Amazon SES requires that you verify your email address or domain, to confirm that you own it and to prevent others from using it. When you verify an entire domain, you are verifying all email addresses from that domain, so you don't need to verify email addresses from that domain individually. For example, if you verify the domain example.com, you can send email from email@example.com, firstname.lastname@example.org, or any other user at example.com.
You can manage your verified domains by using the Amazon SES console or the Amazon SES API. For a complete description of API actions related to domain verification, go to the Amazon Simple Email Service API Reference. This section, which demonstrates the actions using the Amazon SES console, contains the following topics:
Important notes about domain verification are as follows:
Amazon SES has endpoints in multiple AWS regions, and domain verification applies to each AWS region separately. You must perform the entire domain verification procedure for each region in which you want to send from a given domain. If you want to verify the same domain in multiple regions and your DNS provider does not allow you to have multiple TXT records with the same name, see the workarounds in Common Domain Verification Problems.
If you verify a domain with Amazon SES, you can send from any subdomain of that domain without specifically verifying the subdomain. For example, if you verify example.com, you do not need to verify a.example.com or a.b.example.com. As specified in RFC 1034, each DNS label can have up to 63 characters and the whole domain name must not exceed a total length of 255 characters.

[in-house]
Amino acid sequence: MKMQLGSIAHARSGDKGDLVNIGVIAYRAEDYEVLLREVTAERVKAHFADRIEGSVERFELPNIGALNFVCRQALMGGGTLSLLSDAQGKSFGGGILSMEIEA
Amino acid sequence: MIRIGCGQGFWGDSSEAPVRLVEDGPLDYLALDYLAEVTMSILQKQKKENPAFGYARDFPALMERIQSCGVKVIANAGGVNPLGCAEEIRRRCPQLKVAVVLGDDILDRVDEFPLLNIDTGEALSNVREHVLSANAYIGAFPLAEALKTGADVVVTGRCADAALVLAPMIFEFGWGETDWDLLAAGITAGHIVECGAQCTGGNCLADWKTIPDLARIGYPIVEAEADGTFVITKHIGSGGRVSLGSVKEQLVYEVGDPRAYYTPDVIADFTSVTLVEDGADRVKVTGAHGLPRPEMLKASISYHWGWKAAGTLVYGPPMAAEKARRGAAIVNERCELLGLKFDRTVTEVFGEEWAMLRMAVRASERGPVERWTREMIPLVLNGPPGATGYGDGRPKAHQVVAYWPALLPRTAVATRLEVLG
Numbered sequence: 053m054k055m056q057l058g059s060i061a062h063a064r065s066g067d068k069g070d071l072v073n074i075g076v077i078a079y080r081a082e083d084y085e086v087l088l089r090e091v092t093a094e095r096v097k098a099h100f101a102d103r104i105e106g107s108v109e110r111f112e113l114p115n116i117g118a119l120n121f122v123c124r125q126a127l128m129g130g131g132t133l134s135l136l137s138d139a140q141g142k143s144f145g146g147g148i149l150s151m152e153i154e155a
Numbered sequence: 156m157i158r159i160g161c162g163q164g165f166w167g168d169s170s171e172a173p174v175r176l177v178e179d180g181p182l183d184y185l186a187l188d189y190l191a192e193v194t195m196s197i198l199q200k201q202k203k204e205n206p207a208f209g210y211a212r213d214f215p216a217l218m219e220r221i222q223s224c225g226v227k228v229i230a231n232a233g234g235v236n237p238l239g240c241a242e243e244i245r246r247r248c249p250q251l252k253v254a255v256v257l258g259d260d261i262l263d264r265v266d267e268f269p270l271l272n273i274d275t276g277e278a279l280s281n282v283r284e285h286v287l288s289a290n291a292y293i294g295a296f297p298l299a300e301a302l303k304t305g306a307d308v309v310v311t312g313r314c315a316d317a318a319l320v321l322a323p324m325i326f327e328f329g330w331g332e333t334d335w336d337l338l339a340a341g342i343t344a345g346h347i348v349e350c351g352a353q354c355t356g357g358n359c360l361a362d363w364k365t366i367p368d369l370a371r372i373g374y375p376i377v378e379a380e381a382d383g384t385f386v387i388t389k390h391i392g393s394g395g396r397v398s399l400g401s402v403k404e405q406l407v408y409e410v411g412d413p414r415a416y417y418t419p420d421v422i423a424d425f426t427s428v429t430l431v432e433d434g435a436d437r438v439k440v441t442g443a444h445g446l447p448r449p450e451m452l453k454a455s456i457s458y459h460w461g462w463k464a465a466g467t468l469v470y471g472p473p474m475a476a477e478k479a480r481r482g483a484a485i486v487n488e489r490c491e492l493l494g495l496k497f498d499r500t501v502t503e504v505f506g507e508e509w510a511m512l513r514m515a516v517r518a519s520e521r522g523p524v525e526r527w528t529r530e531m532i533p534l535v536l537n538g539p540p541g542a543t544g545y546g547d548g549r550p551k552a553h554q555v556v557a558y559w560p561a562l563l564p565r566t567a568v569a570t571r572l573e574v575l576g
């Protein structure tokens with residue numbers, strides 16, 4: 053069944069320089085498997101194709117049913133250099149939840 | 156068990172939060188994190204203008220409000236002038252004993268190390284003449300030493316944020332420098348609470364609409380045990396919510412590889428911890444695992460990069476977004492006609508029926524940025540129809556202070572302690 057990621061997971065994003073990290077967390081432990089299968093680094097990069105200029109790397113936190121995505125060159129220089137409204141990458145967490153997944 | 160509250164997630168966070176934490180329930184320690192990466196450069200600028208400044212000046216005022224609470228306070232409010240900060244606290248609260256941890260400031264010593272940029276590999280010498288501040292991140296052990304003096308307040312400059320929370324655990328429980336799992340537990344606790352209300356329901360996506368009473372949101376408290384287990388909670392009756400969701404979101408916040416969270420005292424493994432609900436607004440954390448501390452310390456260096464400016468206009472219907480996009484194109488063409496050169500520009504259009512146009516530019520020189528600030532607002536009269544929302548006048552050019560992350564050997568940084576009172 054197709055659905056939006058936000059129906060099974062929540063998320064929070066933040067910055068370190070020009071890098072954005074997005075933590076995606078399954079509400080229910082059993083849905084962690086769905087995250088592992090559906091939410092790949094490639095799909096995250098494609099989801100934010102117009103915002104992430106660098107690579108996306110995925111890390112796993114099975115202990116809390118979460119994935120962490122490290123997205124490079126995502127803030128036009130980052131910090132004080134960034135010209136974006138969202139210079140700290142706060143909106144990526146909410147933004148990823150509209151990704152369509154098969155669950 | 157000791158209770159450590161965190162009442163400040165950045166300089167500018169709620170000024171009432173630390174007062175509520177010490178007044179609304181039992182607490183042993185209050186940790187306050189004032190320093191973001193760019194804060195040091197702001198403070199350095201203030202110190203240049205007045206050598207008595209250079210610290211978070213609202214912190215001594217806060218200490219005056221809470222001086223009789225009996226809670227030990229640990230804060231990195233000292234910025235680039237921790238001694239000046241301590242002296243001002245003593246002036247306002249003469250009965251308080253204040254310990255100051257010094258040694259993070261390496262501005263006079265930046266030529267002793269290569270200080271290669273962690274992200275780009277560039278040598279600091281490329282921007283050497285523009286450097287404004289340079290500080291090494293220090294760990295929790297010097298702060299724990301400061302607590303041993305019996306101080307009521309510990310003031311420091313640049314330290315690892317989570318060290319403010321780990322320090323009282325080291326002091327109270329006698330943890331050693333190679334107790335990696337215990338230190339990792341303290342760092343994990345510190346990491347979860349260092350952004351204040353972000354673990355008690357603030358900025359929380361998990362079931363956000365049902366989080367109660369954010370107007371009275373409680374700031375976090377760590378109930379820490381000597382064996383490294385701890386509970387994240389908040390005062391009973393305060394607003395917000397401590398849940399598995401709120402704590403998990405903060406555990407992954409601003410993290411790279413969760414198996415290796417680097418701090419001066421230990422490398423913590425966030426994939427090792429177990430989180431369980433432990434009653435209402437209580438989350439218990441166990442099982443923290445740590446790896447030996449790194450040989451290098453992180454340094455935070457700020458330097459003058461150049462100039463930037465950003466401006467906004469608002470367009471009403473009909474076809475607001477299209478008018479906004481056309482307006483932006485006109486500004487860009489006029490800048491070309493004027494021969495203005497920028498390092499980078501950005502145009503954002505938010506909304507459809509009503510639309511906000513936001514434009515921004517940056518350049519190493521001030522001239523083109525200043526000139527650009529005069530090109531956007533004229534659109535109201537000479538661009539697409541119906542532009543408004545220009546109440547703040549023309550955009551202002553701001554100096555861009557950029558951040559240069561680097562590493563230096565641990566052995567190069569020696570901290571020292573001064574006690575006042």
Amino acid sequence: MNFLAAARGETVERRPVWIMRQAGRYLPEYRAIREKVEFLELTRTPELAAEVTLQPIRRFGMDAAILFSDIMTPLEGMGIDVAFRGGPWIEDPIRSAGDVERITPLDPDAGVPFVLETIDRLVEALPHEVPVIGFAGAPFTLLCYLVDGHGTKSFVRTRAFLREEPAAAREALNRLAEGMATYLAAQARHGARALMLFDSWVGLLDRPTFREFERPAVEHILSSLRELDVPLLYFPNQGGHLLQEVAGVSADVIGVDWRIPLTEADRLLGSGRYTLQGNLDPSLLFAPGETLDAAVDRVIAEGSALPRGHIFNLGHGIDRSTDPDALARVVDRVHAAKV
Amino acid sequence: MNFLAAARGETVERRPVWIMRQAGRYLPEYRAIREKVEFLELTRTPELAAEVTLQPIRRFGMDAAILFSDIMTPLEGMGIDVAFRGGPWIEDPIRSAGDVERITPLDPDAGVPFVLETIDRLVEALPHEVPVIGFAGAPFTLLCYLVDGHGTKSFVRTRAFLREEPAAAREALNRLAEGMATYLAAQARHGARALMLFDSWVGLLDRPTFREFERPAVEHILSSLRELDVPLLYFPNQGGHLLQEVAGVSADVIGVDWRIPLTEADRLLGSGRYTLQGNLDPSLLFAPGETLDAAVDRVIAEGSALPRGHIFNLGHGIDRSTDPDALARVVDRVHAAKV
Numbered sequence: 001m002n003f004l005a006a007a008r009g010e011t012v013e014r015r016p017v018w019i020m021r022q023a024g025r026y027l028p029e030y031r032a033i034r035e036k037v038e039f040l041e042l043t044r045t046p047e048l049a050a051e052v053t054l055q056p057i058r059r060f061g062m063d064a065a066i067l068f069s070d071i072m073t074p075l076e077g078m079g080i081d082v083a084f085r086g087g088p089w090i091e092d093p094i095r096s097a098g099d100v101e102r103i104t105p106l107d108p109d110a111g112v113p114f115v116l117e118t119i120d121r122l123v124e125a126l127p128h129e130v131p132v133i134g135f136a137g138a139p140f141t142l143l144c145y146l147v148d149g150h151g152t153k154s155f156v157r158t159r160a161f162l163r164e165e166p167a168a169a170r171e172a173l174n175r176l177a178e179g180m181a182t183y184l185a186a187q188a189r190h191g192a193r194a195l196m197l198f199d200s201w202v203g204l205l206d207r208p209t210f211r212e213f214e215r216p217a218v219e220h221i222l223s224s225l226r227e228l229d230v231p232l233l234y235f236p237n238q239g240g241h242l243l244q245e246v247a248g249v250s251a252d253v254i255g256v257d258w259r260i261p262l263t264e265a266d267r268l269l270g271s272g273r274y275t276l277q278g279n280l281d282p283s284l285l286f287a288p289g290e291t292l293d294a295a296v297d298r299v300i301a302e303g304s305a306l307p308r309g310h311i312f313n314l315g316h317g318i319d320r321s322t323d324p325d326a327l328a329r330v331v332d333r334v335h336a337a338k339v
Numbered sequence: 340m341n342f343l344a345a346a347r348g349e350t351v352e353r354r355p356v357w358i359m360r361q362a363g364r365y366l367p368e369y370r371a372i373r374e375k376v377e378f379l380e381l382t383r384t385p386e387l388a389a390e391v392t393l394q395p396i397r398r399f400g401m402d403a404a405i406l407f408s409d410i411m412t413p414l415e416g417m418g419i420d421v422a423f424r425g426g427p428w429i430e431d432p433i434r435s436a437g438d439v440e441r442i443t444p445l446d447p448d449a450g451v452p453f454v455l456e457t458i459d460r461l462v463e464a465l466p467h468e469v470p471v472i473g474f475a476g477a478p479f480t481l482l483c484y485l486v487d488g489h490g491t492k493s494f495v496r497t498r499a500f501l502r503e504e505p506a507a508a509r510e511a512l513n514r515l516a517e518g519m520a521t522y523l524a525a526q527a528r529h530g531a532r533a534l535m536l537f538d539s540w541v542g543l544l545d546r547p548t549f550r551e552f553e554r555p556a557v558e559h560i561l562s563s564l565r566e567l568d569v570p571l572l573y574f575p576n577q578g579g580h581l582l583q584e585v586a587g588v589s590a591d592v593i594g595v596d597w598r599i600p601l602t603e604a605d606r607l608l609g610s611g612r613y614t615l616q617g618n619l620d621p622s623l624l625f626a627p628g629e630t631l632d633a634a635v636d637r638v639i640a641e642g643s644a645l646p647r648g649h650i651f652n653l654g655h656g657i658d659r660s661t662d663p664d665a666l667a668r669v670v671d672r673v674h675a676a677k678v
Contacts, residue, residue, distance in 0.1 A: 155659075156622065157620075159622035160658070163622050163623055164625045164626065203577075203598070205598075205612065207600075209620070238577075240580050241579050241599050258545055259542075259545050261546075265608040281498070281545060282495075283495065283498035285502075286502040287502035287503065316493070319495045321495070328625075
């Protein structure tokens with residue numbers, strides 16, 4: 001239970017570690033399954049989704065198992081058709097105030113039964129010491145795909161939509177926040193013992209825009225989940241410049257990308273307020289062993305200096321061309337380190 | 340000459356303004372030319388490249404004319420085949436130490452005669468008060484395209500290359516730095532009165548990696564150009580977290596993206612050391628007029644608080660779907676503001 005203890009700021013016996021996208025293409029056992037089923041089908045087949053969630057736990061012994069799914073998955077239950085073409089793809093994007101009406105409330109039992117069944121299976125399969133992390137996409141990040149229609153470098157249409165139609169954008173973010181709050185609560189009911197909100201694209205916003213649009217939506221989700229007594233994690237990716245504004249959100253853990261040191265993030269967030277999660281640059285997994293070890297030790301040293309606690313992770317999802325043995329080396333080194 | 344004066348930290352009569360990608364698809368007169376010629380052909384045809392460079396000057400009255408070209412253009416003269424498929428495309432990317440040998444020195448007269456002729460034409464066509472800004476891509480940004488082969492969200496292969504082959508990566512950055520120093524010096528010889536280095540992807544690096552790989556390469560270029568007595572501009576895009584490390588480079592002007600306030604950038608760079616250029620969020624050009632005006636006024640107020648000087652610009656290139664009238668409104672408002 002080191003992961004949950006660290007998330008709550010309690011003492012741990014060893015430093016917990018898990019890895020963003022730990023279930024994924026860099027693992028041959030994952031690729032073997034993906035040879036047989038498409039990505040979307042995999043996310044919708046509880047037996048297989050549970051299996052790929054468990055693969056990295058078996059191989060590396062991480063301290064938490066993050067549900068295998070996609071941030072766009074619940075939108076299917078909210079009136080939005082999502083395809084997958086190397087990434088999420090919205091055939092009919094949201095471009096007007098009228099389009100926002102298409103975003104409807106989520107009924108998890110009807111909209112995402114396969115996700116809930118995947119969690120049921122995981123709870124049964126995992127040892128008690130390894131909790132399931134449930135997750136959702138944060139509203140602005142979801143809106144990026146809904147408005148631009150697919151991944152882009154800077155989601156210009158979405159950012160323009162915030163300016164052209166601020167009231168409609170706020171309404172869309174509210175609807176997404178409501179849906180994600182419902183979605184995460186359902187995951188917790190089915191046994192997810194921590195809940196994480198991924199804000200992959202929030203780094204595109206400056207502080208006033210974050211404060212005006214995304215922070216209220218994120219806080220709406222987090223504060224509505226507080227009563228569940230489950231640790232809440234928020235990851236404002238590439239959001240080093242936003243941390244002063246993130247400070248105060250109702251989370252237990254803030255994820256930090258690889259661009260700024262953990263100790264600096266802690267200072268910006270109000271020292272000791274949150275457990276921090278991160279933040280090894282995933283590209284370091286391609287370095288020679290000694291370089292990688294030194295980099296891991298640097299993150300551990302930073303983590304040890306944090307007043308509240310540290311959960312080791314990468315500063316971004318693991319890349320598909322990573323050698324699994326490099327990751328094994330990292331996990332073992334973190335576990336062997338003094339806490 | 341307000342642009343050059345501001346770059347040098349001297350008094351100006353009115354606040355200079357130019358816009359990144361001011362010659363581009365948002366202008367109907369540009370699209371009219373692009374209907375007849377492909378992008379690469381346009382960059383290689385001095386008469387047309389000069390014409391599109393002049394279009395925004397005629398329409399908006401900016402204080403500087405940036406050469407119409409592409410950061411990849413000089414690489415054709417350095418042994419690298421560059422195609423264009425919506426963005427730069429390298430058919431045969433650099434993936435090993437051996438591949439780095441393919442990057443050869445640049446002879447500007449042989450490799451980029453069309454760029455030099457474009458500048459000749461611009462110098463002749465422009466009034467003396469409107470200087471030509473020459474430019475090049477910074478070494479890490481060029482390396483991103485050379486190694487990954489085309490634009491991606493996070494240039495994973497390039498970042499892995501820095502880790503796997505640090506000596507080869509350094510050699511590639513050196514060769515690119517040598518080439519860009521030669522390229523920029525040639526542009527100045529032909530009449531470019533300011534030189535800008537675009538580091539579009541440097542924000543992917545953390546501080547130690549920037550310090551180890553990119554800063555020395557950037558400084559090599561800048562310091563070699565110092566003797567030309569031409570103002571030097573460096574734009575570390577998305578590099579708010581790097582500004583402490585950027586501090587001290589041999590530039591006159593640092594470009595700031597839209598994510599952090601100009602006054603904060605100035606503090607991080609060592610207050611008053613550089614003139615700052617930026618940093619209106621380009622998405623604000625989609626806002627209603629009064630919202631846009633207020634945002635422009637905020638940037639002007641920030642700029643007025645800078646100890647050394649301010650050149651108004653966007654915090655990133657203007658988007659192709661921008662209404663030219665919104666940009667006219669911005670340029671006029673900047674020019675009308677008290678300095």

If you verify a domain, subdomain(s), and/or email address(es) that share a root domain, the verified identity settings (such as feedback notifications and Easy DKIM) apply at the most granular level you verified. That is:
Verified email address settings override verified domain settings.
Verified subdomain settings override verified domain settings, with lower-level subdomain settings overriding higher-level subdomain settings.
For example, assume you verify email@example.com, a.b.example.com, b.example.com, and example.com. These are the verified identity settings that will be used in the following scenarios:
Emails sent from firstname.lastname@example.org (an address that is not specifically verified) will use the settings for example.com.
Emails sent from email@example.com (an address that is specifically verified) will use the settings for firstname.lastname@example.org.
Emails sent from email@example.com (an address that is not specifically verified) will use the settings for b.example.com.
Domain names are case-insensitive. If you verify example.com, you can send from EXAMPLE.com also.
You can verify as many as 1000 identities (domains and email addresses, in any combination) per AWS account.